Comparative study of childbearing intentions of Polish men and women living in Poland and in the UK: progression to the second child (Withdrawn poster not presented at meeting)

Joanna Marczak, London School of Economics and Political Science (LSE)

This paper is related to an ongoing PhD research, with the overall aim to explore and compare the rationales behind, and justifications for, intentions about whether to have a second child among Polish men and women living in the UK and Poland. Low levels of progression to the second and higher parities have contributed to a very low Total Fertility Rate in Poland (TFR 1.39 in 2009) contributing to a decline in the size of Polish population and an increase in the old age dependency ratio. Despite low TFR the childbearing ideals and intentions of people in Poland have been shown by various surveys to be at around 2 children per person and there exists a gap between intended and actual fertility. Although there is no research on fertility intentions of Polish migrants in the UK, their TFR at 1,6 is higher than in Poland. This project compares fertility intentions of Polish men and women brought up in the same national socioeconomic conditions, and now living in two diverse settings to explore whether and how different institutions, employment and economic conditions, cultural expectations and social norms in Poland and in the UK influence fertility intentions for the 2nd birth among Polish parents. In-depth interviews (n=42) have been carried out with men and women living in London and Krakow who already have one child. The results suggest that intended fertility for Polish parents in both countries remains at 2 largely due to negative stereotypes about only children and is influenced by the size of parental family. Housing, economic and employment situation, nonetheless, determine individuals’ beliefs about possibilities to realize intentions for the second offspring and faced with the lack of satisfactory conditions parents are willing to accept one child as a minimum family size.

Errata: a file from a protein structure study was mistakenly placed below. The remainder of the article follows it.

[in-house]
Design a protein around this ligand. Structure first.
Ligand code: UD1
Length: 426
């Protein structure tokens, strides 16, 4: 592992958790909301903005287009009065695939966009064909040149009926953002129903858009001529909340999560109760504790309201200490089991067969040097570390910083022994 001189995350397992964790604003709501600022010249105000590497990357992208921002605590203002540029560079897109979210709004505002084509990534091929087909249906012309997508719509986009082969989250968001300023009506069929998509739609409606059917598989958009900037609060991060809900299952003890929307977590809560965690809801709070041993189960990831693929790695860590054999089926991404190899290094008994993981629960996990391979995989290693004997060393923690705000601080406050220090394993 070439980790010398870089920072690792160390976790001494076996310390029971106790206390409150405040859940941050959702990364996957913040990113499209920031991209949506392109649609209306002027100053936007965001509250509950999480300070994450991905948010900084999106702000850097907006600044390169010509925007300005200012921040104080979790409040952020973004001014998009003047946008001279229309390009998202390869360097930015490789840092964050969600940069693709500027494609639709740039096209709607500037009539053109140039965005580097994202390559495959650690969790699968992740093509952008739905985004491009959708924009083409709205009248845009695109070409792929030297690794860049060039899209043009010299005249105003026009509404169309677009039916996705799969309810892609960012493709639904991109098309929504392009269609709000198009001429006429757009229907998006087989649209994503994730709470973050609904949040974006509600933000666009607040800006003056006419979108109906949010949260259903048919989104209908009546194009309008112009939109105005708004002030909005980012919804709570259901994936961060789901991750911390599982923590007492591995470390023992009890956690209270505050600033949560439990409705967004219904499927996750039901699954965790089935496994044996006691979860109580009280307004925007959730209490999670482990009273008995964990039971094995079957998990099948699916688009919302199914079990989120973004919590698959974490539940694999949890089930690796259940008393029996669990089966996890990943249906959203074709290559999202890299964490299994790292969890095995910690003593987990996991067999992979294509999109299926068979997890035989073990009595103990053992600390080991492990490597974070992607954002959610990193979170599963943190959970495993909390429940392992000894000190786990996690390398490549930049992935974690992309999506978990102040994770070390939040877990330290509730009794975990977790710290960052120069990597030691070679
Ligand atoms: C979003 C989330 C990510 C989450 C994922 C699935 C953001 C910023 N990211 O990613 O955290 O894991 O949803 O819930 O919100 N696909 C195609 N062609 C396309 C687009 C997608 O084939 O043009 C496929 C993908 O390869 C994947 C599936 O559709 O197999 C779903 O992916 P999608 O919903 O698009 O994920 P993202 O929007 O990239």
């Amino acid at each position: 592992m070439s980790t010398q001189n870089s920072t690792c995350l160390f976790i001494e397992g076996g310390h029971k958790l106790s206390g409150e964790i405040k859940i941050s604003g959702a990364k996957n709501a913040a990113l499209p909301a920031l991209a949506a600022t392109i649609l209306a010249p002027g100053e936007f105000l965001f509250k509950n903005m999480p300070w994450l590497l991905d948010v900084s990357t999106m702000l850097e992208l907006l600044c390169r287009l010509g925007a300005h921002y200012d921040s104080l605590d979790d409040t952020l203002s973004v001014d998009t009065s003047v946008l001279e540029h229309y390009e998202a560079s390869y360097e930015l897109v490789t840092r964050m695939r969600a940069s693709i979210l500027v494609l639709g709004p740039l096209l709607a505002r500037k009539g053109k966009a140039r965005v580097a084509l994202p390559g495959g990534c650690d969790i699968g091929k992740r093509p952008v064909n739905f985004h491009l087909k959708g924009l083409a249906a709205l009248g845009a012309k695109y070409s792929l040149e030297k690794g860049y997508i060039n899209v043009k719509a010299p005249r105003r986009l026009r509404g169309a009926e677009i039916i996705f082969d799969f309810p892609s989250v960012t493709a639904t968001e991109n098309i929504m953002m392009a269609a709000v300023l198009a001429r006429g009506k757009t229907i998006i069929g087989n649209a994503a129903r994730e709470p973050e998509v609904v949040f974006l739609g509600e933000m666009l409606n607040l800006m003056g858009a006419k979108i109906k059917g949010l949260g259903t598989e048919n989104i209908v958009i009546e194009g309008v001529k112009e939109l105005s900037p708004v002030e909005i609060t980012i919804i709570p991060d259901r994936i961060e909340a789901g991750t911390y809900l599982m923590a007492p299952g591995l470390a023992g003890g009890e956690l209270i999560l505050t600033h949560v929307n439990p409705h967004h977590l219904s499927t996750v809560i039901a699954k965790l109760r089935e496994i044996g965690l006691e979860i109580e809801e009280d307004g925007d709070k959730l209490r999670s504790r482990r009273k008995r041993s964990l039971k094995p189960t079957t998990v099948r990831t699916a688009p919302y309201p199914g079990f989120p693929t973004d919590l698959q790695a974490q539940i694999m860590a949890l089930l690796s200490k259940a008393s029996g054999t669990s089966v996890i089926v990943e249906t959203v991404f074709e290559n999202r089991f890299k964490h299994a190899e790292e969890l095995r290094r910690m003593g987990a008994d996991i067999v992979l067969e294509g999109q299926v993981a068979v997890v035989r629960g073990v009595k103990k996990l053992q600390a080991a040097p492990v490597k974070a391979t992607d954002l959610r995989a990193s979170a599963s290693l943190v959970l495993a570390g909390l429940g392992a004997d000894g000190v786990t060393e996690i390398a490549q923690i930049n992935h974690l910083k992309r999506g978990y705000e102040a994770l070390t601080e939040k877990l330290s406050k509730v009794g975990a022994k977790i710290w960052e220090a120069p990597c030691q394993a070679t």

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Presented in Poster Session 3